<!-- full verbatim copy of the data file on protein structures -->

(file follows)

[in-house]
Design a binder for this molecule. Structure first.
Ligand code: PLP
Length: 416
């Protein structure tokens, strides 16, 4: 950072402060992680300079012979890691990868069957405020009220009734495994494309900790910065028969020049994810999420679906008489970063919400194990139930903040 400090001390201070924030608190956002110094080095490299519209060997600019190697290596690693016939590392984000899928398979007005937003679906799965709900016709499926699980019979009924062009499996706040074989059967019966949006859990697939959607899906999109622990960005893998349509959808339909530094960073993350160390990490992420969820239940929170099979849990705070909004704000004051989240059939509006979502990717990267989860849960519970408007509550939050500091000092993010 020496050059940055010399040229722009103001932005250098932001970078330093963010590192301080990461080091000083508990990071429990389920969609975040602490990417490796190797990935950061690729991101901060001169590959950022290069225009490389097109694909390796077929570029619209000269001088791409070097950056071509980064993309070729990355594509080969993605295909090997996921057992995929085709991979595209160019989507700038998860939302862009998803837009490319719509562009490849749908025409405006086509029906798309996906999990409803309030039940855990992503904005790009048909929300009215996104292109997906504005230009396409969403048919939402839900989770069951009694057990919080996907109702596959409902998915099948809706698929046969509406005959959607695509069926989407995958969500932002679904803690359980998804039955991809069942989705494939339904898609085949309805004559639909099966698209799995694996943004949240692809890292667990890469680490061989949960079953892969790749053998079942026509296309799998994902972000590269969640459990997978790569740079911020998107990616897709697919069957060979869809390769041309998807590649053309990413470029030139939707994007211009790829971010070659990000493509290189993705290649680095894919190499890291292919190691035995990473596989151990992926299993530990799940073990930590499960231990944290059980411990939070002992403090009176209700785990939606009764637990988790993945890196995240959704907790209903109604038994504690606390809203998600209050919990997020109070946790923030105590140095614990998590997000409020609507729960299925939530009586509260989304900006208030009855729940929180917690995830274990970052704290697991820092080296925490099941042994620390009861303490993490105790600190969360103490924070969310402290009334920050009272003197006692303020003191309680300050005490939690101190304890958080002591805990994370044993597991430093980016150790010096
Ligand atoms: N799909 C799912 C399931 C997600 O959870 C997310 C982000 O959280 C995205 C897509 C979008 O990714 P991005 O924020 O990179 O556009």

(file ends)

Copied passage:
[in-house]
Design a binder for this molecule. Structure first.
Ligand code: PLP
Length: 416
């Protein structure tokens, strides 16, 4: 950072402060992680300079012979890691990868069957405020009220009734495994494309900790910065028969020049994810999420679906008489970063919400194990139930903040 400090001390201070924030608190956002110094080095490299519209060997600019190697290596690693016939590392984000899928398979007005937003679906799965709900016709499926699980019979009924062009499996706040074989059967019966949006859990697939959607899906999109622990960005893998349509959808339909530094960073993350160390990490992420969820239940929170099979849990705070909004704000004051989240059939509006979502990717990267989860849960519970408007509550939050500091000092993010 020496050059940055010399040229722009103001932005250098932001970078330093963010590192301080990461080091000083508990990071429990389920969609975040602490990417490796190797990935950061690729991101901060001169590959950022290069225009490389097109694909390796077929570029619209000269001088791409070097950056071509980064993309070729990355594509080969993605295909090997996921057992995929085709991979595209160019989507700038998860939302862009998803837009490319719509562009490849749908025409405006086509029906798309996906999990409803309030039940855990992503904005790009048909929300009215996104292109997906504005230009396409969403048919939402839900989770069951009694057990919080996907109702596959409902998915099948809706698929046969509406005959959607695509069926989407995958969500932002679904803690359980998804039955991809069942989705494939339904898609085949309805004559639909099966698209799995694996943004949240692809890292667990890469680490061989949960079953892969790749053998079942026509296309799998994902972000590269969640459990997978790569740079911020998107990616897709697919069957060979869809390769041309998807590649053309990413470029030139939707994007211009790829971010070659990000493509290189993705290649680095894919190499890291292919190691035995990473596989151990992926299993530990799940073990930590499960231990944290059980411990939070002992403090009176209700785990939606009764637990988790993945890196995240959704907790209903109604038994504690606390809203998600209050919990997020109070946790923030105590140095614990998590997000409020609507729960299925939530009586509260989304900006208030009855729940929180917690995830274990970052704290697991820092080296925490099941042994620390009861303490993490105790600190969360103490924070969310402290009334920050009272003197006692303020003191309680300050005490939690101190304890958080002591805990994370044993597991430093980016150790010096
Ligand atoms: N799909 C799912 C399931 C997600 O959870 C997310 C982000 O959280 C995205 C897509 C979008 O990714 P991005 O924020 O990179 O556009």